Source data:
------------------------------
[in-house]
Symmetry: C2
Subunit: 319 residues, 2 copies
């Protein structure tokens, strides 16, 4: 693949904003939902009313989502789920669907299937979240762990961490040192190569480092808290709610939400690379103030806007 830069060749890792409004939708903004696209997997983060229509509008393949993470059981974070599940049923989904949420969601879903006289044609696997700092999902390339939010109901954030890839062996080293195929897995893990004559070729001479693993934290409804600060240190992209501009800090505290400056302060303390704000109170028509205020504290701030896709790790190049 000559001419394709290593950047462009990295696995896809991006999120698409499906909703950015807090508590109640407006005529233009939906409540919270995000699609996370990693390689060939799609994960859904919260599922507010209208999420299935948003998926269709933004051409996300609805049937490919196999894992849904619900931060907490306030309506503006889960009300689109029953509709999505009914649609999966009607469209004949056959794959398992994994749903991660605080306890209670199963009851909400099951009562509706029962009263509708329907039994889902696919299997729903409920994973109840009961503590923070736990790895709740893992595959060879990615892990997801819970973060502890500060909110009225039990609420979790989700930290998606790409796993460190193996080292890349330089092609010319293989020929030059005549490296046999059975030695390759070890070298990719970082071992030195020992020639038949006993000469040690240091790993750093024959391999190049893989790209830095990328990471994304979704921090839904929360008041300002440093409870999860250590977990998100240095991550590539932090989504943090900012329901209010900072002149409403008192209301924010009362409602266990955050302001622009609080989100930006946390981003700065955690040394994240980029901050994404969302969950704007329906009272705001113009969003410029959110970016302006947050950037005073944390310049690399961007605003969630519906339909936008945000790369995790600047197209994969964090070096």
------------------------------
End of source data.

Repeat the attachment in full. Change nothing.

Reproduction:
[in-house]
Symmetry: C2
Subunit: 319 residues, 2 copies
């Protein structure tokens, strides 16, 4: 693949904003939902009313989502789920669907299937979240762990961490040192190569480092808290709610939400690379103030806007 830069060749890792409004939708903004696209997997983060229509509008393949993470059981974070599940049923989904949420969601879903006289044609696997700092999902390339939010109901954030890839062996080293195929897995893990004559070729001479693993934290409804600060240190992209501009800090505290400056302060303390704000109170028509205020504290701030896709790790190049 000559001419394709290593950047462009990295696995896809991006999120698409499906909703950015807090508590109640407006005529233009939906409540919270995000699609996370990693390689060939799609994960859904919260599922507010209208999420299935948003998926269709933004051409996300609805049937490919196999894992849904619900931060907490306030309506503006889960009300689109029953509709999505009914649609999966009607469209004949056959794959398992994994749903991660605080306890209670199963009851909400099951009562509706029962009263509708329907039994889902696919299997729903409920994973109840009961503590923070736990790895709740893992595959060879990615892990997801819970973060502890500060909110009225039990609420979790989700930290998606790409796993460190193996080292890349330089092609010319293989020929030059005549490296046999059975030695390759070890070298990719970082071992030195020992020639038949006993000469040690240091790993750093024959391999190049893989790209830095990328990471994304979704921090839904929360008041300002440093409870999860250590977990998100240095991550590539932090989504943090900012329901209010900072002149409403008192209301924010009362409602266990955050302001622009609080989100930006946390981003700065955690040394994240980029901050994404969302969950704007329906009272705001113009969003410029959110970016302006947050950037005073944390310049690399961007605003969630519906339909936008945000790369995790600047197209994969964090070096």